Do your insurance policies cover risks which may arise from working at home arrangements?
Working from home is becoming much more common and many firms are allowing their employees do so on either an occasional or regular basis. However we are finding employers are not considering how their insurance policies may need to adjust to respond to these changing risks and they may left exposed.
Can Employees demand more flexible work arrangements?
Current Fair work legislation allows employees who have been with the same employer for 12 months to request flexible working arrangements if they meet one of the following criteria:
In addition, many Employers are now offering flexible working arrangements to all employees, to make their working life much easier and a desire to retain happy productive staff. It is not just those in the fair work legislation listed above. Fortunately due to advances in technology, it is possible for more employees to work from remote locations including their homes or even a local café.
So what areas of Insurance do we need to think about?
We can sum these up with the following types of insurance policies:
Employees can still get injured on the job at home. Employers are required by law to have workers’ compensation insurance in place. Depending on the jurisdiction, you made to advise the relevant insurer or authority of the number of employees working from home, how often and the type of work they are performing.
Public Liability Insurance
You could still injure a third party. Most policies for liability will cover you anywhere in Australia as many employees are meeting with customers or clients outside of their normal place of business, whether that be in their own homes or elsewhere. However, Insurers may require disclosure as many have an expectation that these risks will be at the normal business locations advised. Disclose this just in case there are policy restrictions.
Property loss or damage
Normally an Employer will cover the “Static” risk at the location of the situation address listed in a Business or Office package policy for Fire and Perils, Accidental Damage and Burglary. However they do not think about the property away from their location address. Many employees will have their own office furniture in their home and this may be picked up by an ordinary Householders policy as it is their own property. However, some Employers provide a Laptop or Tablet Computer, often a mobile phone and other equipment they may need. In this situation we include what we call a General property policy either in a Business or Office Pack, or as “stand-alone” cover. This insurance picks up the Accidental Damage, Loss or Theft of equipment anywhere in Australia and can also be extended overseas where required. This cover is more expensive than the Static cover but gives the flexibility of cover away from the normal location of the business.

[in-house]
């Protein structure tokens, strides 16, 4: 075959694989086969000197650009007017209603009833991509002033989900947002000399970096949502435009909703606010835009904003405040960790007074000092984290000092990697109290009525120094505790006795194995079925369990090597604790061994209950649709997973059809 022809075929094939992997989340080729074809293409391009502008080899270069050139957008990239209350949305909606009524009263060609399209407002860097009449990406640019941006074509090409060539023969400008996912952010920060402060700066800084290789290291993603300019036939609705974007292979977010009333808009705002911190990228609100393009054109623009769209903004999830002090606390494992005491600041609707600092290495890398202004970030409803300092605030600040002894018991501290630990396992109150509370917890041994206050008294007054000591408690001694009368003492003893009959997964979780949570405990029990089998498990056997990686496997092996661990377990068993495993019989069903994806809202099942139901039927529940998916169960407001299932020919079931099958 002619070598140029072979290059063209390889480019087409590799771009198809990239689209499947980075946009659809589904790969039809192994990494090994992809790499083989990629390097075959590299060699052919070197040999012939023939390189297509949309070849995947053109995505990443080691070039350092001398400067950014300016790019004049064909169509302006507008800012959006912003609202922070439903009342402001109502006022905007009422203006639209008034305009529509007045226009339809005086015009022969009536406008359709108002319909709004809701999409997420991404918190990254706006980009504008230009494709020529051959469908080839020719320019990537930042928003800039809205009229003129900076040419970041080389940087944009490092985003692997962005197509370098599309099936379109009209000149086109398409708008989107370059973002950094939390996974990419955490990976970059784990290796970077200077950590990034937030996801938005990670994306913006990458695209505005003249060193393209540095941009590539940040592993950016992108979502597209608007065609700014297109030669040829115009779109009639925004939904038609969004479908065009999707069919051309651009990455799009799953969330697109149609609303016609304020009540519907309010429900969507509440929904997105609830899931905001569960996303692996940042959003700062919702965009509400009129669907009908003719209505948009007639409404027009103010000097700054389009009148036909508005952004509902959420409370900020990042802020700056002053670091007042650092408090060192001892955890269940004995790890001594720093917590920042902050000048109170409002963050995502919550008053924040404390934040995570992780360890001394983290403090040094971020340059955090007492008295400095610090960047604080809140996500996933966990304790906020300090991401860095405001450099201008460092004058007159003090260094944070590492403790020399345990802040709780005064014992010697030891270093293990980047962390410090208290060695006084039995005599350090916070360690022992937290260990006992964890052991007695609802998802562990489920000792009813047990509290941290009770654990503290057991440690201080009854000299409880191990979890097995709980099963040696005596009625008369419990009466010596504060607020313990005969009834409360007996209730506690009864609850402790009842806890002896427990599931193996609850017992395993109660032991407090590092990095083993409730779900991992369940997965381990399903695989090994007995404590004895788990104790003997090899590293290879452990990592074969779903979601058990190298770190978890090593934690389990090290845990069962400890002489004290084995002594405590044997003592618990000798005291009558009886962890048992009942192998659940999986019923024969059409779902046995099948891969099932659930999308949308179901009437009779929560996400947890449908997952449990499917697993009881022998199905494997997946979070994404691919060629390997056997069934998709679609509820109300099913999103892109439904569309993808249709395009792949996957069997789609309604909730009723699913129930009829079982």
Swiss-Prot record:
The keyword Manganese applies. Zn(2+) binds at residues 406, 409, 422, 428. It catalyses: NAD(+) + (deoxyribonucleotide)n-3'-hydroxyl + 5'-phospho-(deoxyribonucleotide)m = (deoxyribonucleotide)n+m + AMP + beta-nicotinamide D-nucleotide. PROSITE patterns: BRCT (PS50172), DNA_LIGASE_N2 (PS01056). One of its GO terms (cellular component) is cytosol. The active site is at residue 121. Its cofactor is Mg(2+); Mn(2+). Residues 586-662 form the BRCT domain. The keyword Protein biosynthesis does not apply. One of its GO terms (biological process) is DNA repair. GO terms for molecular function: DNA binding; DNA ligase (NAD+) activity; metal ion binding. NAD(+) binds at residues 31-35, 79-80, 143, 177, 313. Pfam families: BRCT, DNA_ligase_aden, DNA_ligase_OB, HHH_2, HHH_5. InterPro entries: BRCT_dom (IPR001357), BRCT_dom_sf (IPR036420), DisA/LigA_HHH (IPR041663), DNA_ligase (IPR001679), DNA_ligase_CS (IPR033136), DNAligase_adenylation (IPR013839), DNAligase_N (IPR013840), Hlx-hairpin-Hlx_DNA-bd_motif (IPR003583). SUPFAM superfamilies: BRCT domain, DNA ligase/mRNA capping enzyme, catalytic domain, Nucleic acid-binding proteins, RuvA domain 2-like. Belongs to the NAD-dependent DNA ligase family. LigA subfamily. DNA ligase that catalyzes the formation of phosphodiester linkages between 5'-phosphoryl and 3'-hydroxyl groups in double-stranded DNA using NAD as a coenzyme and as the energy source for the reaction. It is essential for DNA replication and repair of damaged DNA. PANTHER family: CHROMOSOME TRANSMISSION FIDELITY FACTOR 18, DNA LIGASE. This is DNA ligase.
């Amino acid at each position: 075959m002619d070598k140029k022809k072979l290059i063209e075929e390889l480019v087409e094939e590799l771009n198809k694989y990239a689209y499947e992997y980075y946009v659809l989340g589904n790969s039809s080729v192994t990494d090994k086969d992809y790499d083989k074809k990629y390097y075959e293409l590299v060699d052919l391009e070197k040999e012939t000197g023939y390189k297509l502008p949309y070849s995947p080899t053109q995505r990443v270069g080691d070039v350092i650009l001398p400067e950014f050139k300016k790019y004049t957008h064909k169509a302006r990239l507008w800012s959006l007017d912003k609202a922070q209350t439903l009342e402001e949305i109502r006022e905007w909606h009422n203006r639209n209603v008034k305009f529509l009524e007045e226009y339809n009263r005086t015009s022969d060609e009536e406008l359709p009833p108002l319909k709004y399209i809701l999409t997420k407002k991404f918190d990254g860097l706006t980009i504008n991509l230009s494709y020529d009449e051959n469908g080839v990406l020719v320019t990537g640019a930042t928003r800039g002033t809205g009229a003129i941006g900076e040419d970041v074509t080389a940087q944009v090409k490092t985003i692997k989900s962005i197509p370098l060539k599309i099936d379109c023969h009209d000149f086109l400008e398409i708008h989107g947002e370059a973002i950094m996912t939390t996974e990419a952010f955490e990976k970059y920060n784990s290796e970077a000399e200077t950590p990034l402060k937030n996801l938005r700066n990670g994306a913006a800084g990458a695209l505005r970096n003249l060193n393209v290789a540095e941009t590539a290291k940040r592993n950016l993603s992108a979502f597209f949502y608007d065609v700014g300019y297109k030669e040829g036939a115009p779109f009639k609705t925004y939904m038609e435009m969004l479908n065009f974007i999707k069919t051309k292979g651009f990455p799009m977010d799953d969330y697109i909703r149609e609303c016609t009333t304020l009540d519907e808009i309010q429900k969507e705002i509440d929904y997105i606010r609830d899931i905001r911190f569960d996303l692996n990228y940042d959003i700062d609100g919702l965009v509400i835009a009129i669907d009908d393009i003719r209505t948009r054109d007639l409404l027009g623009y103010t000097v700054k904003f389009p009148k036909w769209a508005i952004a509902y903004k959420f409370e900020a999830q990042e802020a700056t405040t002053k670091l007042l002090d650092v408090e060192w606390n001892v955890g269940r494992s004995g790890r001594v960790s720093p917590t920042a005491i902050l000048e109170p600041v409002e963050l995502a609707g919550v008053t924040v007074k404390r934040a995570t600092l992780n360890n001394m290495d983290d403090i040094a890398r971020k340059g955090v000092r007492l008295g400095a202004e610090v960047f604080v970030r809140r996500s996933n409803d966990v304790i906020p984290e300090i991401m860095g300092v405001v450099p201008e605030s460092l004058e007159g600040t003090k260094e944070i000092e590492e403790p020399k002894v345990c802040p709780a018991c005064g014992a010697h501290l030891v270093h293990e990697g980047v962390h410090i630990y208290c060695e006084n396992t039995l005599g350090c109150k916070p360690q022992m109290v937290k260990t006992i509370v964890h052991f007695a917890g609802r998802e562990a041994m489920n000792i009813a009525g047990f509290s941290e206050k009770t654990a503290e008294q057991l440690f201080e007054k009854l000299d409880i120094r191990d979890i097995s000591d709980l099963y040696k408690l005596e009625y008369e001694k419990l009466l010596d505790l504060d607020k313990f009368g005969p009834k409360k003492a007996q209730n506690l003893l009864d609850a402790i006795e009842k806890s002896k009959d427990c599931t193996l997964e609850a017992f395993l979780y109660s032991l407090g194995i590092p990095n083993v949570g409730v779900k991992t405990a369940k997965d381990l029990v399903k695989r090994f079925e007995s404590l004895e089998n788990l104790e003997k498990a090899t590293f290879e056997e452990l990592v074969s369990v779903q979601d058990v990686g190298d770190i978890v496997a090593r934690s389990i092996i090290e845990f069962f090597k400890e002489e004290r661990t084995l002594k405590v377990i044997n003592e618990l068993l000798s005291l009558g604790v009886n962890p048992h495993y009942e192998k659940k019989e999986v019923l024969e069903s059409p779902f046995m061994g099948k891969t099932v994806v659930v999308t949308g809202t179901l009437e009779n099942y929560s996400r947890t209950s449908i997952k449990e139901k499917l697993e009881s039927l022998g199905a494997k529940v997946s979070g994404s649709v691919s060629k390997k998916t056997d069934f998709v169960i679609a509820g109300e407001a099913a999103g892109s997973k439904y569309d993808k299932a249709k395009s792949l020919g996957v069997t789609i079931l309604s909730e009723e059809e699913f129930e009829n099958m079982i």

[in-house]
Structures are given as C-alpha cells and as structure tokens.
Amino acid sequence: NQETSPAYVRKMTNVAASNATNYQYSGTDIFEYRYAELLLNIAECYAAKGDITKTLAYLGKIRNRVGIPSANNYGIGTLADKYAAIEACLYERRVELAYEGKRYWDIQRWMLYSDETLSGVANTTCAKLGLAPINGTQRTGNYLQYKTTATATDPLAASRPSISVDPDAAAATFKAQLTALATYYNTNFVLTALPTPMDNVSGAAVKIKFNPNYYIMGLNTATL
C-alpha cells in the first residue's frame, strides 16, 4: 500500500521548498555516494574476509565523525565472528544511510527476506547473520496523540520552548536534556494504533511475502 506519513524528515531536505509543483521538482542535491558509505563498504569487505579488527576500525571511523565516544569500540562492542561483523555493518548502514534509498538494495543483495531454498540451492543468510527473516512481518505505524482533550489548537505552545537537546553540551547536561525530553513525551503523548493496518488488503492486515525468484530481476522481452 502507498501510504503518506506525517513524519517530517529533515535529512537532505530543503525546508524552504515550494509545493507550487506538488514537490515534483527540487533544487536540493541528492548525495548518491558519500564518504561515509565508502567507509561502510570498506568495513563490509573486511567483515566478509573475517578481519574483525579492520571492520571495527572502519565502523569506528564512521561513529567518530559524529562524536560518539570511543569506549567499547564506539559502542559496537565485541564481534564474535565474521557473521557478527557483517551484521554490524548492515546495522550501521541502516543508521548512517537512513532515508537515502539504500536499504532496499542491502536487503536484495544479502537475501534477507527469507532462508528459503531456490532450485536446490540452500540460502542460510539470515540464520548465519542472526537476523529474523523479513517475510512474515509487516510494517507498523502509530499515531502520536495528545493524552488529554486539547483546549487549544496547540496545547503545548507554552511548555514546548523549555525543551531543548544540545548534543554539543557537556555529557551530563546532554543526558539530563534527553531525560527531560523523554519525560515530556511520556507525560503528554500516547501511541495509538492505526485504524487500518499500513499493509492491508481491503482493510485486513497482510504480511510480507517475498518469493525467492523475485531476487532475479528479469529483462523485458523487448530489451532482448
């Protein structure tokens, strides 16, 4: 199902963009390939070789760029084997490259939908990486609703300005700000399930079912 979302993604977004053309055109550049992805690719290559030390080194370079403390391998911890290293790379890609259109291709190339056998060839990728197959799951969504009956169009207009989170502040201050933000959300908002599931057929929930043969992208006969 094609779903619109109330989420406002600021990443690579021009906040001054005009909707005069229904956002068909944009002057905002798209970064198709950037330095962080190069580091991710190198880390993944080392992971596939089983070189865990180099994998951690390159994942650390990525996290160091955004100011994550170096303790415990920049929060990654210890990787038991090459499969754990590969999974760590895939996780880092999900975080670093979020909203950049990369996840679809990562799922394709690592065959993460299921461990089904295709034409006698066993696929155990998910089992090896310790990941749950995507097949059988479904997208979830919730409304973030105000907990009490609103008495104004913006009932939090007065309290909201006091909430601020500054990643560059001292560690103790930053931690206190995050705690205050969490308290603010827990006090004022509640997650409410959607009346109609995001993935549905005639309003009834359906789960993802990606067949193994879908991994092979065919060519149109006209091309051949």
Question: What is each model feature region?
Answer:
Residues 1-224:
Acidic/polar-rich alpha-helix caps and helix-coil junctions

Cyber and Privacy risk
By far the biggest concern now for Employers are the Cyber risks and Confidentiality of their client’s data. Accessing Servers remotely or operating in the cloud has many securits risks that come in various forms. Data breaches or destruction of data can occur as a consequence of hacking and malicious code or by inadvertent mistake, such as leaving a device unsecured so it can be accessed by unauthorised third parties. Denial of service attacks, which overwhelm a computer system by sending an excessive amount of data to the system and preventing access to it, pose another risk.
We do now have cyber risk and privacy insurance policies to cover the cost of these risks to a business which can be increased when data can be accessed in many different ways including remotely.
Cyber risk policies generally include cover for, among other things:
Part of the underwriting process for a cyber insurance policy, often is the security technology, compliance measures, policies and protocols a company has in place for protecting confidential data and maintaining the integrity of computer systems.
Employers who have a flexible workforce must ensure that they have appropriate security measures in place to account for the increased risk where employees are accessing company computer and information technology systems externally through unsecured networks or on personal devices.
What you should do to cover off the risk of flexible working
We suggest you review your insurance policies to confirm that those currently in place are adequate to cover employees who work flexibly and/or remotely. Consideration of the policy wordings in your workers’ compensation, public liability, property and cyber risk policies is required to ensure that the scope and level of coverage is suitable for a flexible workplace and will respond to cover emerging risks.